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Water from a hurricane flooding the Asylon headquarters.

Thirty days ago, Hurricane Ida flooded our headquarters in Norristown, Pennsylvania. The office sits adjacent to the Schuylkill River, which rose to a record 26.85 feet during the storm — nineteen feet higher than normal levels. We watched live from our cloud-based security cameras as water swept through our office, manufacturing line, and Robotic Security Operations Center (RSOC). By the end of the night, our headquarters was filled with over four feet of water.

Fortunately, all of our teammates and their families are safe. However, once the water had receded, estimates indicated well over a million dollars in damages to our assets and the property.

Many others, though, have been affected by this tragedy much worse than we were and our thoughts are with them. Louisiana is having major power outages while New York, Pennsylvania, and New Jersey have all declared a state of emergency as the relief effort continues. If you can, consider donating to provide disaster assistance to the impacted areas through the Red Cross, GlobalGiving, or the charity of your choice. 

The purpose of this post is to tell the story of how one American-made small business responded to this crisis, although we believe the types of actions we took are simply representative of the character traits of small businesses themselves. Strong. Resilient. Adaptive. Innovative. Small businesses are the lifeblood of our country and embody the best in who we are.

Here’s a quick summary of the step-by-step actions we took as a team to respond to the natural disaster and come out stronger:

  1. Take one large collective breath
  2. Come together, account for known-knowns and known-unknowns
  3. List the overall objectives & prioritize individual tasks
  4. Execute & track results
  5. Re-group, list new objectives, & prioritize tasks
  6. Execute & track results
  7. Repeat 5-6

As you can see, our strategy to weathering the storm showed a bias toward group communication, individual empowerment, and action. These are strategies that we find extremely valuable as you will see later on.

But before diving too deep into the details of the story, I’d like to briefly mention a few things.

First and foremost, I want to dedicate this post to the Asylon Team. It was James Lane Allen who said, “Adversity does not build character, it reveals it” and, during and after this disaster, I only saw courage, resilience, grit, and positivity from each member of the team.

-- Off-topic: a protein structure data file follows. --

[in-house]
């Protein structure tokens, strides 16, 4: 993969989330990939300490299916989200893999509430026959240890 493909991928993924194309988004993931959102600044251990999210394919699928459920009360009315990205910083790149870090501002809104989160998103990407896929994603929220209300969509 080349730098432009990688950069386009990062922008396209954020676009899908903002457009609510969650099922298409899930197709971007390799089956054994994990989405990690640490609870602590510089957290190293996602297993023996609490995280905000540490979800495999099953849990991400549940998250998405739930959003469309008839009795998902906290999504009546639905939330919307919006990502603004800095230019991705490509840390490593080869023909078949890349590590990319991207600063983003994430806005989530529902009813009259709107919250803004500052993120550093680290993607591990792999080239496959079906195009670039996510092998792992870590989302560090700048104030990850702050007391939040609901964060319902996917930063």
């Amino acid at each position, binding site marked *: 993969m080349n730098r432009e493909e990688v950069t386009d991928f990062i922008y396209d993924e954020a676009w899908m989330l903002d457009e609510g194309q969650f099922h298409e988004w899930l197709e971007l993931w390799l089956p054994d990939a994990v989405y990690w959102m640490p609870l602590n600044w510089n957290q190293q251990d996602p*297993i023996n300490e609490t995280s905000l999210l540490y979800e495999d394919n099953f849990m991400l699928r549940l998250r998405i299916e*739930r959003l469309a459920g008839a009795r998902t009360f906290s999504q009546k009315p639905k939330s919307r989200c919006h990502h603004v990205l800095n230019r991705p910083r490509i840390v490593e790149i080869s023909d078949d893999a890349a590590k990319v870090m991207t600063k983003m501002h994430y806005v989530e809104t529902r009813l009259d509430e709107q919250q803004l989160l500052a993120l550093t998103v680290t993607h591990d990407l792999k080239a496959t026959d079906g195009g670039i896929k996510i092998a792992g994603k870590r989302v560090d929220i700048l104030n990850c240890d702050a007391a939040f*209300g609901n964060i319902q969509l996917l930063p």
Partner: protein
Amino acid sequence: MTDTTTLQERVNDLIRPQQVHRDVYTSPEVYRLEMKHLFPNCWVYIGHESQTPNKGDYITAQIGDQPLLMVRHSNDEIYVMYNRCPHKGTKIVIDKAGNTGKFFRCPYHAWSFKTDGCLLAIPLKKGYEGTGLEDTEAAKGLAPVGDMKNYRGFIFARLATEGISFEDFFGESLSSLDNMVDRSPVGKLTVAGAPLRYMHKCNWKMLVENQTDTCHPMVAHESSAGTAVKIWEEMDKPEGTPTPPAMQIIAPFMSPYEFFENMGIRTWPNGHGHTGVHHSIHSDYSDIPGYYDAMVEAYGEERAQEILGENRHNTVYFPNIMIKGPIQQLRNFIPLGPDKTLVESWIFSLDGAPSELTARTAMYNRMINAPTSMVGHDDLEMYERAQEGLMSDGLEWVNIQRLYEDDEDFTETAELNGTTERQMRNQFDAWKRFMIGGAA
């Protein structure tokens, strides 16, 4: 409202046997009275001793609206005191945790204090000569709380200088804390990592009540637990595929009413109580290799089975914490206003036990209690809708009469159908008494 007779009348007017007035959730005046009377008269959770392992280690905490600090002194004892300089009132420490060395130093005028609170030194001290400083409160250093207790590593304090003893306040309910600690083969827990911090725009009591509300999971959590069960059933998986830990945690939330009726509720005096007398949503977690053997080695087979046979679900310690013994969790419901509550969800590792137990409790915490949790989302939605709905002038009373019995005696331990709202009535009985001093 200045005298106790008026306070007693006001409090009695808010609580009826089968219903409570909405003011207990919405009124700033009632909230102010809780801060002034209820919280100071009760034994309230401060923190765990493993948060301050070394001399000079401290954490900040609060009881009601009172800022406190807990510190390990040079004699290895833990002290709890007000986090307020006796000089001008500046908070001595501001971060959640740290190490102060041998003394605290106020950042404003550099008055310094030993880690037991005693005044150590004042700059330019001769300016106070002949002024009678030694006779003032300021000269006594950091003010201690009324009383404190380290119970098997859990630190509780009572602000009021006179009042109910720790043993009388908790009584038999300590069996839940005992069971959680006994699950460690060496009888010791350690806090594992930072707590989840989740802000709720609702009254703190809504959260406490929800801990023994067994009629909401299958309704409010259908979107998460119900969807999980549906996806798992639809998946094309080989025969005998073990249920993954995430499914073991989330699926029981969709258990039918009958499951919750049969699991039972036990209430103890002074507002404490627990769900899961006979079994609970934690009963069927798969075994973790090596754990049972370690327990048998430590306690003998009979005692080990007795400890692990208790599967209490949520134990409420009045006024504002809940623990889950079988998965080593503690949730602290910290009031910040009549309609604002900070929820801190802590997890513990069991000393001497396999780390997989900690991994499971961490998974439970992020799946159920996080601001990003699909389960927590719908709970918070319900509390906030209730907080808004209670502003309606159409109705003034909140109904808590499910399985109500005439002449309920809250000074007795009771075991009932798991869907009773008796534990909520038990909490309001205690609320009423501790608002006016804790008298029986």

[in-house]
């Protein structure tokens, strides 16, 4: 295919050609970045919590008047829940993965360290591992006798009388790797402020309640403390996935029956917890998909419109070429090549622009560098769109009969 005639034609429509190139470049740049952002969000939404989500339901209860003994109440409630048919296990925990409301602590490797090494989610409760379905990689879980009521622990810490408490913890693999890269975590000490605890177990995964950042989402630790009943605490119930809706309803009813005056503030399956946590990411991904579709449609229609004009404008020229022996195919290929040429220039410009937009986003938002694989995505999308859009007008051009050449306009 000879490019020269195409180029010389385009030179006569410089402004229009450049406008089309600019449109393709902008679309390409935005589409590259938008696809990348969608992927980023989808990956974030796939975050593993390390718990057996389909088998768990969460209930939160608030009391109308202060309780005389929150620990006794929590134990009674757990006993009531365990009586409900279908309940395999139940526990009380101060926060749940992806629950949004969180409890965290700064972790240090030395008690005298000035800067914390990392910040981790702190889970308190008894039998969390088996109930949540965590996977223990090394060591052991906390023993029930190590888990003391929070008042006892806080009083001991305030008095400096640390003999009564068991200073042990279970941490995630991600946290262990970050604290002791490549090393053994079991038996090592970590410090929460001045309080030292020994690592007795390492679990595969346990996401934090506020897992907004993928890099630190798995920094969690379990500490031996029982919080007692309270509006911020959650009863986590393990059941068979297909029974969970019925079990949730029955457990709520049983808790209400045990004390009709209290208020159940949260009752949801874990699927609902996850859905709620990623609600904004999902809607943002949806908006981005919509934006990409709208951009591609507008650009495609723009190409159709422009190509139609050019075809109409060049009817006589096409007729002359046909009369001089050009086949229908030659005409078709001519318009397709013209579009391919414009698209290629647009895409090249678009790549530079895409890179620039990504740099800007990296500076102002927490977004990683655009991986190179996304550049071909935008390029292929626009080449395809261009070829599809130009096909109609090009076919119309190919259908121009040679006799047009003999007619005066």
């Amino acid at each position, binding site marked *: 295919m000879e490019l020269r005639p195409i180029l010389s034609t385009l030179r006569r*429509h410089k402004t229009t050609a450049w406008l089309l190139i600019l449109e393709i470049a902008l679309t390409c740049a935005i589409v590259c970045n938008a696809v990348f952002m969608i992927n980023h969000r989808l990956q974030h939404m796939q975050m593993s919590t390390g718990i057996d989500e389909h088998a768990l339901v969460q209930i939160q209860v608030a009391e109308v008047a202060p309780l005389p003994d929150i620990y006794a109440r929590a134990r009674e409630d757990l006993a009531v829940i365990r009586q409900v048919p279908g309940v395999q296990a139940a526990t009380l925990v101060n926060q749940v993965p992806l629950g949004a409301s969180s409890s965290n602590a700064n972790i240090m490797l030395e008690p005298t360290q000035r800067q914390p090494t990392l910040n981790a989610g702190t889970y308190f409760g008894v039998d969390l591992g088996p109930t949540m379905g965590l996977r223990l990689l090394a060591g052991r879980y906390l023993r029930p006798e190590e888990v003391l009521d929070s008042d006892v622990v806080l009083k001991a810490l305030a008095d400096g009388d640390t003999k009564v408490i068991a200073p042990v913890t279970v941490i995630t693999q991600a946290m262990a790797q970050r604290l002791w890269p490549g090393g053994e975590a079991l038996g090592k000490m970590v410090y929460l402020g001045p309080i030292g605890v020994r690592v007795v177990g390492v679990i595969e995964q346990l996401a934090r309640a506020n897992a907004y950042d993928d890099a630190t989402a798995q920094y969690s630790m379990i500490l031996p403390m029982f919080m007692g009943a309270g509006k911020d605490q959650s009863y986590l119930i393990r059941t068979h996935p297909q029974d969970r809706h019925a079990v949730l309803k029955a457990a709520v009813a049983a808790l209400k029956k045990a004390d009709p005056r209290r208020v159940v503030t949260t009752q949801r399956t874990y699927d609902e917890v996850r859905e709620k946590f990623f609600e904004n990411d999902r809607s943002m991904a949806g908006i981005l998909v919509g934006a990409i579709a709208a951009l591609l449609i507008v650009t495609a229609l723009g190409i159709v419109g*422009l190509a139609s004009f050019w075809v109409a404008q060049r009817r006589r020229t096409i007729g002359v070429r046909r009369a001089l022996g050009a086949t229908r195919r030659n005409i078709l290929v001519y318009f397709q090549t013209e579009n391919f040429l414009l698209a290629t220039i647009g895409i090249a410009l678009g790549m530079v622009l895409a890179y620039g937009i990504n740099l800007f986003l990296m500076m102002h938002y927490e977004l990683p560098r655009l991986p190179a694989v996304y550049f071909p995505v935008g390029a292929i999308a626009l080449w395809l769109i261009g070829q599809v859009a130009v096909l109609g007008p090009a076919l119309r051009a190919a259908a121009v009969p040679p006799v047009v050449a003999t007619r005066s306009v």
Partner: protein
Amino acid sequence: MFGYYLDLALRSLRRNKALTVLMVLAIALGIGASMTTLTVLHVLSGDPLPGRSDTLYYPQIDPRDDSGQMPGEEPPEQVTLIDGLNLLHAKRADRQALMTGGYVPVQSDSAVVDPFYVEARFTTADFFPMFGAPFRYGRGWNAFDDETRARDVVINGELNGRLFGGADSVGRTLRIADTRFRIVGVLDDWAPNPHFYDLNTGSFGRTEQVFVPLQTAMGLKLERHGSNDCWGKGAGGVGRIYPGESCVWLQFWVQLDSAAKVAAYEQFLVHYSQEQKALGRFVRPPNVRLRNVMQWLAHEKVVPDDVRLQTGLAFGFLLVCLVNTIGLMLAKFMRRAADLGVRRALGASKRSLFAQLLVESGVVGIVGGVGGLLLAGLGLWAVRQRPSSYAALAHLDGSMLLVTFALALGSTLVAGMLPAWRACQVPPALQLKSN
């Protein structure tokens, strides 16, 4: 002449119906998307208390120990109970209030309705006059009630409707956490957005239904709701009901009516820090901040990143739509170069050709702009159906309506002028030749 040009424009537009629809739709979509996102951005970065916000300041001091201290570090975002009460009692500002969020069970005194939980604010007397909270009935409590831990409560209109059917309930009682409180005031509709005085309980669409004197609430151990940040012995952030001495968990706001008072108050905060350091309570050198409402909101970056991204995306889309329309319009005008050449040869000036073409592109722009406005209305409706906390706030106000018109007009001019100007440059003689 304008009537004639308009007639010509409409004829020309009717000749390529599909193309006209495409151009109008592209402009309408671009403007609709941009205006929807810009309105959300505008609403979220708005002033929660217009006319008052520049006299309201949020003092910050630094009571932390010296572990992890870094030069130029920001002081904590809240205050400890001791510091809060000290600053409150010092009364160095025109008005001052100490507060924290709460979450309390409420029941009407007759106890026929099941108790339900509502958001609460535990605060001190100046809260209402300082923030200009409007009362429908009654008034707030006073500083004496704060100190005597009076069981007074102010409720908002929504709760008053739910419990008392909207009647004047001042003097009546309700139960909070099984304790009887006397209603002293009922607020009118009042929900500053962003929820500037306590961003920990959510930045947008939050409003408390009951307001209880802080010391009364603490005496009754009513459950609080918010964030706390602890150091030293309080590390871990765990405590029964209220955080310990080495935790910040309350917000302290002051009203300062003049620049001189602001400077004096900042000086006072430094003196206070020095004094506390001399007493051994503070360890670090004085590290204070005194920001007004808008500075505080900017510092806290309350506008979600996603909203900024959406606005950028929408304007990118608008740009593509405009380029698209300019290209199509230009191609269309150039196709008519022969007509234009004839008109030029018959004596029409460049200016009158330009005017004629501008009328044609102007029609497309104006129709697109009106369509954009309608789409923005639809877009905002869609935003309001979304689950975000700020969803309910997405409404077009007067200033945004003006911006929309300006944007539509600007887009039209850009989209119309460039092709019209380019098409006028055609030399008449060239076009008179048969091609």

Second, a little bit of context about our company is likely helpful for reading on. We’re a full-service Robotic Perimeter Security company that deploys advanced drones and ground robotics systems for automated security. Because automation is our focus, we’re operating and monitoring those systems remotely from our 24/7 Robotic Security Operations Center (RSOC).

Third, we decided as a company to wait to post anything on social media about this incident for thirty days. We did this because we wanted to focus on our next steps and the actions we will take to best support our customers and continue forward. This also allowed us the fortune of being able to track the key results gained from these actions.

Outside of those three quick notes, I’m honored to transcribe the key actions Asylon took in response to this disaster, share various perspectives from the team, and capture the key results of this 30-day all-company push.

Day 0: “The Storm Begins,” September 1, 2021

This day started off as a typical day in the office. It wasn’t until the evening when it became evident that the tropical storm was to be more intense than what we usually see. We took this as an opportunity to test a few new capabilities and were outside flying one of our drones during the heavy rainfall. But, because of the uncertainty of the storm, our COO and co-founder, Brent McLaughlin, elected to stay the night to monitor the situation at the office.

Additionally, we made the decision to transition our remote operations capabilities out of the office. One of the benefits of developing internet of things (IoT) drones and robotics is that we’re not just able to operate these systems anywhere in the world…but it can be done from anywhere in the world. 

The luxury of having such a robust SaaS, IoT, and automated platform is that we were able to quickly enable all levels of staff the ability to execute operations from anywhere with a network connection. The architecture we applied early on allowed us to remain successful from an operational standpoint before, during, and after the flood with minimal overall impact.

Logan Selby, Vice President of Operations

As the night went on and the water in the river rose steadily, Brent made the decision to call a few local teammates to help him prepare the office for a potential flood. Computers, drones, cameras, robots, maintenance equipment, and more were piled onto tables and cabinets as fast as possible.